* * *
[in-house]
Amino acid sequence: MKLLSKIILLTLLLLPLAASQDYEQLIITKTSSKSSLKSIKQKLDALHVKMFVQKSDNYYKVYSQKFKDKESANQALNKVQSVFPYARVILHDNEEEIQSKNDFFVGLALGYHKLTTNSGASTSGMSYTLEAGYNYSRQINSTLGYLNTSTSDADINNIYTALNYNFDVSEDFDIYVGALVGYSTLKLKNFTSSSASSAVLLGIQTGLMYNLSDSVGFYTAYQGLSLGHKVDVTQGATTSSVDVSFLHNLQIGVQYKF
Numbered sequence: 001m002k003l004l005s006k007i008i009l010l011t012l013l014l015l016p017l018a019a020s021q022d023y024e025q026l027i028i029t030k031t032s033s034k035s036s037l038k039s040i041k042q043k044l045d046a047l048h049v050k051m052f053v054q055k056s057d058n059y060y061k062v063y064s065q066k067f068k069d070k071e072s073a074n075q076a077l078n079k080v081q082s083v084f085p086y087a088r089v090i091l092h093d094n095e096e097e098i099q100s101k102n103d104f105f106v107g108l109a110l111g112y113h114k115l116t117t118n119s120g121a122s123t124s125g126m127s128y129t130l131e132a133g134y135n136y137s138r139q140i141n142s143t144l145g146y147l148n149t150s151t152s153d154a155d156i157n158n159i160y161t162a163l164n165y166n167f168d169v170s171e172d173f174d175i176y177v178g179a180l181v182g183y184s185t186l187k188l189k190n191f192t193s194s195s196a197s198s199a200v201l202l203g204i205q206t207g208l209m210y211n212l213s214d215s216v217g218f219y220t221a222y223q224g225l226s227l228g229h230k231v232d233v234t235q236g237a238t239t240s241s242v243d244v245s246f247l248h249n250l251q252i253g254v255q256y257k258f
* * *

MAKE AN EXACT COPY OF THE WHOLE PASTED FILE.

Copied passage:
[in-house]
Amino acid sequence: MKLLSKIILLTLLLLPLAASQDYEQLIITKTSSKSSLKSIKQKLDALHVKMFVQKSDNYYKVYSQKFKDKESANQALNKVQSVFPYARVILHDNEEEIQSKNDFFVGLALGYHKLTTNSGASTSGMSYTLEAGYNYSRQINSTLGYLNTSTSDADINNIYTALNYNFDVSEDFDIYVGALVGYSTLKLKNFTSSSASSAVLLGIQTGLMYNLSDSVGFYTAYQGLSLGHKVDVTQGATTSSVDVSFLHNLQIGVQYKF
Numbered sequence: 001m002k003l004l005s006k007i008i009l010l011t012l013l014l015l016p017l018a019a020s021q022d023y024e025q026l027i028i029t030k031t032s033s034k035s036s037l038k039s040i041k042q043k044l045d046a047l048h049v050k051m052f053v054q055k056s057d058n059y060y061k062v063y064s065q066k067f068k069d070k071e072s073a074n075q076a077l078n079k080v081q082s083v084f085p086y087a088r089v090i091l092h093d094n095e096e097e098i099q100s101k102n103d104f105f106v107g108l109a110l111g112y113h114k115l116t117t118n119s120g121a122s123t124s125g126m127s128y129t130l131e132a133g134y135n136y137s138r139q140i141n142s143t144l145g146y147l148n149t150s151t152s153d154a155d156i157n158n159i160y161t162a163l164n165y166n167f168d169v170s171e172d173f174d175i176y177v178g179a180l181v182g183y184s185t186l187k188l189k190n191f192t193s194s195s196a197s198s199a200v201l202l203g204i205q206t207g208l209m210y211n212l213s214d215s216v217g218f219y220t221a222y223q224g225l226s227l228g229h230k231v232d233v234t235q236g237a238t239t240s241s242v243d244v245s246f247l248h249n250l251q252i253g254v255q256y257k258f